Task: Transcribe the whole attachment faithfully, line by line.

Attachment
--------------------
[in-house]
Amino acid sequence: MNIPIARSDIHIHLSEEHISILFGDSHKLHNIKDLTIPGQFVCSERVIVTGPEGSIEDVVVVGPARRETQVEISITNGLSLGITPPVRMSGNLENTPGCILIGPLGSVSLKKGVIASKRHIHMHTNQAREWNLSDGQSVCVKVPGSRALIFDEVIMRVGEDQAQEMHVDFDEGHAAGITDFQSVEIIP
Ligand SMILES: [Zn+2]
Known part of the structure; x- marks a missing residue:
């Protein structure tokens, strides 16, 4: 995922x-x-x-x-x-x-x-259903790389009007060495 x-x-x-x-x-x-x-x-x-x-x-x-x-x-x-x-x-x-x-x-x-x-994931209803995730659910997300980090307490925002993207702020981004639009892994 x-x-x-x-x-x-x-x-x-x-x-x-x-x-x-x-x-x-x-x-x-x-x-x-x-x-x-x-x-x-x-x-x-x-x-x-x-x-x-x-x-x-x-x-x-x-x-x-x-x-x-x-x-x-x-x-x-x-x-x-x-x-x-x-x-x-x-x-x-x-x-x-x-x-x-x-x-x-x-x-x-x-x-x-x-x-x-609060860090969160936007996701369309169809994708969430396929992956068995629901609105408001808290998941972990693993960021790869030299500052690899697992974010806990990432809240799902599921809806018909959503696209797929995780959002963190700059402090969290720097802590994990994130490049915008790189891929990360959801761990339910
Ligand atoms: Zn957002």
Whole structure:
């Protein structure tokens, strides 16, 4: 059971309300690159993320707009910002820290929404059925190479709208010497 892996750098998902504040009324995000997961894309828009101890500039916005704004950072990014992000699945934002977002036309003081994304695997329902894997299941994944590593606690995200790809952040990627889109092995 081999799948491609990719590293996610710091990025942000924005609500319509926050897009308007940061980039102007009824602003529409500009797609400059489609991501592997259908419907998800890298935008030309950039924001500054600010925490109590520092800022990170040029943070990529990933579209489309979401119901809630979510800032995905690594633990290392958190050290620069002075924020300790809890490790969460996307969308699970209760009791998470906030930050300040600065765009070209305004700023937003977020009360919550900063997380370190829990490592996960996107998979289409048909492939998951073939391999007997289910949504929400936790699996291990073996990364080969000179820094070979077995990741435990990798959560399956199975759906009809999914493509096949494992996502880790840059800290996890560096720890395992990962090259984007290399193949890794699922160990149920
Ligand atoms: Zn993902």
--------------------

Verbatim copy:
[in-house]
Amino acid sequence: MNIPIARSDIHIHLSEEHISILFGDSHKLHNIKDLTIPGQFVCSERVIVTGPEGSIEDVVVVGPARRETQVEISITNGLSLGITPPVRMSGNLENTPGCILIGPLGSVSLKKGVIASKRHIHMHTNQAREWNLSDGQSVCVKVPGSRALIFDEVIMRVGEDQAQEMHVDFDEGHAAGITDFQSVEIIP
Ligand SMILES: [Zn+2]
Known part of the structure; x- marks a missing residue:
């Protein structure tokens, strides 16, 4: 995922x-x-x-x-x-x-x-259903790389009007060495 x-x-x-x-x-x-x-x-x-x-x-x-x-x-x-x-x-x-x-x-x-x-994931209803995730659910997300980090307490925002993207702020981004639009892994 x-x-x-x-x-x-x-x-x-x-x-x-x-x-x-x-x-x-x-x-x-x-x-x-x-x-x-x-x-x-x-x-x-x-x-x-x-x-x-x-x-x-x-x-x-x-x-x-x-x-x-x-x-x-x-x-x-x-x-x-x-x-x-x-x-x-x-x-x-x-x-x-x-x-x-x-x-x-x-x-x-x-x-x-x-x-x-609060860090969160936007996701369309169809994708969430396929992956068995629901609105408001808290998941972990693993960021790869030299500052690899697992974010806990990432809240799902599921809806018909959503696209797929995780959002963190700059402090969290720097802590994990994130490049915008790189891929990360959801761990339910
Ligand atoms: Zn957002």
Whole structure:
């Protein structure tokens, strides 16, 4: 059971309300690159993320707009910002820290929404059925190479709208010497 892996750098998902504040009324995000997961894309828009101890500039916005704004950072990014992000699945934002977002036309003081994304695997329902894997299941994944590593606690995200790809952040990627889109092995 081999799948491609990719590293996610710091990025942000924005609500319509926050897009308007940061980039102007009824602003529409500009797609400059489609991501592997259908419907998800890298935008030309950039924001500054600010925490109590520092800022990170040029943070990529990933579209489309979401119901809630979510800032995905690594633990290392958190050290620069002075924020300790809890490790969460996307969308699970209760009791998470906030930050300040600065765009070209305004700023937003977020009360919550900063997380370190829990490592996960996107998979289409048909492939998951073939391999007997289910949504929400936790699996291990073996990364080969000179820094070979077995990741435990990798959560399956199975759906009809999914493509096949494992996502880790840059800290996890560096720890395992990962090259984007290399193949890794699922160990149920
Ligand atoms: Zn993902």